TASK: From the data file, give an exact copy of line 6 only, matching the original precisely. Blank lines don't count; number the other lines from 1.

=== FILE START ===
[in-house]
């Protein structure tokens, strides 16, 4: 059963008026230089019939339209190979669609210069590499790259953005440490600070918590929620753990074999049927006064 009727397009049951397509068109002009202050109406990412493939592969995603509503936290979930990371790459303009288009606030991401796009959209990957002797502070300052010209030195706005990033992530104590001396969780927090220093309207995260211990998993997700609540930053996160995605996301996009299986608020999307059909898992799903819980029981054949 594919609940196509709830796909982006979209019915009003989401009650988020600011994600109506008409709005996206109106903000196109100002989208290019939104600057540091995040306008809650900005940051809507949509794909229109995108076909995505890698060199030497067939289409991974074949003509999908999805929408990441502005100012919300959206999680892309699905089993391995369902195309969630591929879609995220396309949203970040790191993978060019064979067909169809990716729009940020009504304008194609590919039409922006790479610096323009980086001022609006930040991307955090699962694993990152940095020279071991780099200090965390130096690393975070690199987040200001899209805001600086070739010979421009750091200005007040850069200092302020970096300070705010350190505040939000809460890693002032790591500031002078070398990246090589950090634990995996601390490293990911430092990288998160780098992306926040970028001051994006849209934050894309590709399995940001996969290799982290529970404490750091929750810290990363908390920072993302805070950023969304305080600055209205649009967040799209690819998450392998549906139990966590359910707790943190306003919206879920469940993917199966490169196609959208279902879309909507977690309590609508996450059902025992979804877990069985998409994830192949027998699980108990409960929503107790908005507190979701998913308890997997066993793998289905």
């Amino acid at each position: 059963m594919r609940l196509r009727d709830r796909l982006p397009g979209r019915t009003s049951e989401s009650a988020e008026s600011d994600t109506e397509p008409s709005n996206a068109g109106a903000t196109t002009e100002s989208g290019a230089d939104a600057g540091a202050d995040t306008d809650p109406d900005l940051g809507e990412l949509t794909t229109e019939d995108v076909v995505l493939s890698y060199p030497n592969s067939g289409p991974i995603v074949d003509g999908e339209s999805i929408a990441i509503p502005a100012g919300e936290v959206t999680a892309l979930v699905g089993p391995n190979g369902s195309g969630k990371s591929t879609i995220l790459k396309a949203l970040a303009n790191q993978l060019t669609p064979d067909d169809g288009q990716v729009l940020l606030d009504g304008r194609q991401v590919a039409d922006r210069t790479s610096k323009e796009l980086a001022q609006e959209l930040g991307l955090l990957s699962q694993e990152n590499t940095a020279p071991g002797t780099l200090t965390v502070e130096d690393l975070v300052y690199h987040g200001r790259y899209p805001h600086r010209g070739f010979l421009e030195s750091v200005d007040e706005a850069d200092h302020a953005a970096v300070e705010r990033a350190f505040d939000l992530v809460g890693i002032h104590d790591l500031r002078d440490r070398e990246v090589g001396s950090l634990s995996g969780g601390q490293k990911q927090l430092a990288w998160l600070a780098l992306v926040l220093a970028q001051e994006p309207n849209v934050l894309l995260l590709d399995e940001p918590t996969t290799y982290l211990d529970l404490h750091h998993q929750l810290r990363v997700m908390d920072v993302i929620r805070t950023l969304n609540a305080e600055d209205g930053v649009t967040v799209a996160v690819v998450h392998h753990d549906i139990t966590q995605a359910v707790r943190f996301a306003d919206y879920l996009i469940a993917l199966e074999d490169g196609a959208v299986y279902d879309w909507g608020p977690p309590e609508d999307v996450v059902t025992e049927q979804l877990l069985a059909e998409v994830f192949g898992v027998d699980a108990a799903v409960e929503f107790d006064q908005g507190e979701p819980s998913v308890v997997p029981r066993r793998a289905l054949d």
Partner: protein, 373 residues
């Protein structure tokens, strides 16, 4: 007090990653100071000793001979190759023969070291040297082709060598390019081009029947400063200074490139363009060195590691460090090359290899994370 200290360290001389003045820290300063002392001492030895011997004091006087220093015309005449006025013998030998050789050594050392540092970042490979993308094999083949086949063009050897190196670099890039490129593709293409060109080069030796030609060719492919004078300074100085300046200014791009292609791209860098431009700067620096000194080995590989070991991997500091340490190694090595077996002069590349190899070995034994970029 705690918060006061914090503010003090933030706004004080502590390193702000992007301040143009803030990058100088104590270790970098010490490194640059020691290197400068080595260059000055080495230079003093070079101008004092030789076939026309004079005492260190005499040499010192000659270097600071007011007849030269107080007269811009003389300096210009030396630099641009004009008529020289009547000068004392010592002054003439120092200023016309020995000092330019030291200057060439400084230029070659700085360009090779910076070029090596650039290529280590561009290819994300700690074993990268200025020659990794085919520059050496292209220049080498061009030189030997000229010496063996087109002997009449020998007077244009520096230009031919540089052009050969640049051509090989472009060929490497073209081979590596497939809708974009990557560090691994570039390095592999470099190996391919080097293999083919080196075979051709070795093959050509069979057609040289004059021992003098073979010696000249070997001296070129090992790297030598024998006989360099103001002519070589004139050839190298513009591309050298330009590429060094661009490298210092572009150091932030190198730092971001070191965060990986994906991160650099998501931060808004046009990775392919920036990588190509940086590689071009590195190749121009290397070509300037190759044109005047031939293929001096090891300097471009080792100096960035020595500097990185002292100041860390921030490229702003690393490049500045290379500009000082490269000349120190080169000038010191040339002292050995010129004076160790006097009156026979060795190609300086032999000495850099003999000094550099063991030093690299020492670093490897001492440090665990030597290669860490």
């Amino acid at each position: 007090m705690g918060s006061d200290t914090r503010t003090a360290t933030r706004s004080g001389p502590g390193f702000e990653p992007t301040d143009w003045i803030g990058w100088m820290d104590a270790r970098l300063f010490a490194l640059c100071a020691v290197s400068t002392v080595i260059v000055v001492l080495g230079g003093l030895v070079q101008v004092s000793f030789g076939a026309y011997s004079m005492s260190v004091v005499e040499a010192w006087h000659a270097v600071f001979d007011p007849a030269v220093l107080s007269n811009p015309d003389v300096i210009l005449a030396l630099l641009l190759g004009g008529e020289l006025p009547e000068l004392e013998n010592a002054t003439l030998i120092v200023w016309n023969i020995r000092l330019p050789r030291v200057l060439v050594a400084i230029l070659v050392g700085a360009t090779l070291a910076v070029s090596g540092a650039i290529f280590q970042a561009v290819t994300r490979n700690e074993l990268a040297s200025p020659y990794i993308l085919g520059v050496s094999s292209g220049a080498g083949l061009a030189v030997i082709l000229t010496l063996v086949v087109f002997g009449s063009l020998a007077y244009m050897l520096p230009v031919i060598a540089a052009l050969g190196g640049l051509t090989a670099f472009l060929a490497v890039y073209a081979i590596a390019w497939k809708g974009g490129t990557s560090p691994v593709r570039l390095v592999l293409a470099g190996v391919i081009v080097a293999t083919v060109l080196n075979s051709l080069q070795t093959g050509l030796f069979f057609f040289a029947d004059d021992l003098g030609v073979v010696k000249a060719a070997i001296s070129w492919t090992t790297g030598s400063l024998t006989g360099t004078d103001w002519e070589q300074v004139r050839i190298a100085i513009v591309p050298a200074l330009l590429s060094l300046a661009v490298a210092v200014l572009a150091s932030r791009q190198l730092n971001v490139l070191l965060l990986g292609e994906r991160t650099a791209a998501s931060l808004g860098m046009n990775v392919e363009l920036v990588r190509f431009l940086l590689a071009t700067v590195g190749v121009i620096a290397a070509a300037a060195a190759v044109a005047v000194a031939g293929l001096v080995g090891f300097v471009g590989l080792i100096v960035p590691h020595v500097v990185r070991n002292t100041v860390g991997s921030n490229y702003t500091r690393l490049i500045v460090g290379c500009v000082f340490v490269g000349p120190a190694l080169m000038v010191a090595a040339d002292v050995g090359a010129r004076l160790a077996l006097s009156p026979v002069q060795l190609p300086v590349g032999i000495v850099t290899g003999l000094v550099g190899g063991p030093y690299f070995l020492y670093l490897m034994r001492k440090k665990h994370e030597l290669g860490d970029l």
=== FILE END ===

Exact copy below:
């Amino acid at each position: 007090m705690g918060s006061d200290t914090r503010t003090a360290t933030r706004s004080g001389p502590g390193f702000e990653p992007t301040d143009w003045i803030g990058w100088m820290d104590a270790r970098l300063f010490a490194l640059c100071a020691v290197s400068t002392v080595i260059v000055v001492l080495g230079g003093l030895v070079q101008v004092s000793f030789g076939a026309y011997s004079m005492s260190v004091v005499e040499a010192w006087h000659a270097v600071f001979d007011p007849a030269v220093l107080s007269n811009p015309d003389v300096i210009l005449a030396l630099l641009l190759g004009g008529e020289l006025p009547e000068l004392e013998n010592a002054t003439l030998i120092v200023w016309n023969i020995r000092l330019p050789r030291v200057l060439v050594a400084i230029l070659v050392g700085a360009t090779l070291a910076v070029s090596g540092a650039i290529f280590q970042a561009v290819t994300r490979n700690e074993l990268a040297s200025p020659y990794i993308l085919g520059v050496s094999s292209g220049a080498g083949l061009a030189v030997i082709l000229t010496l063996v086949v087109f002997g009449s063009l020998a007077y244009m050897l520096p230009v031919i060598a540089a052009l050969g190196g640049l051509t090989a670099f472009l060929a490497v890039y073209a081979i590596a390019w497939k809708g974009g490129t990557s560090p691994v593709r570039l390095v592999l293409a470099g190996v391919i081009v080097a293999t083919v060109l080196n075979s051709l080069q070795t093959g050509l030796f069979f057609f040289a029947d004059d021992l003098g030609v073979v010696k000249a060719a070997i001296s070129w492919t090992t790297g030598s400063l024998t006989g360099t004078d103001w002519e070589q300074v004139r050839i190298a100085i513009v591309p050298a200074l330009l590429s060094l300046a661009v490298a210092v200014l572009a150091s932030r791009q190198l730092n971001v490139l070191l965060l990986g292609e994906r991160t650099a791209a998501s931060l808004g860098m046009n990775v392919e363009l920036v990588r190509f431009l940086l590689a071009t700067v590195g190749v121009i620096a290397a070509a300037a060195a190759v044109a005047v000194a031939g293929l001096v080995g090891f300097v471009g590989l080792i100096v960035p590691h020595v500097v990185r070991n002292t100041v860390g991997s921030n490229y702003t500091r690393l490049i500045v460090g290379c500009v000082f340490v490269g000349p120190a190694l080169m000038v010191a090595a040339d002292v050995g090359a010129r004076l160790a077996l006097s009156p026979v002069q060795l190609p300086v590349g032999i000495v850099t290899g003999l000094v550099g190899g063991p030093y690299f070995l020492y670093l490897m034994r001492k440090k665990h994370e030597l290669g860490d970029l």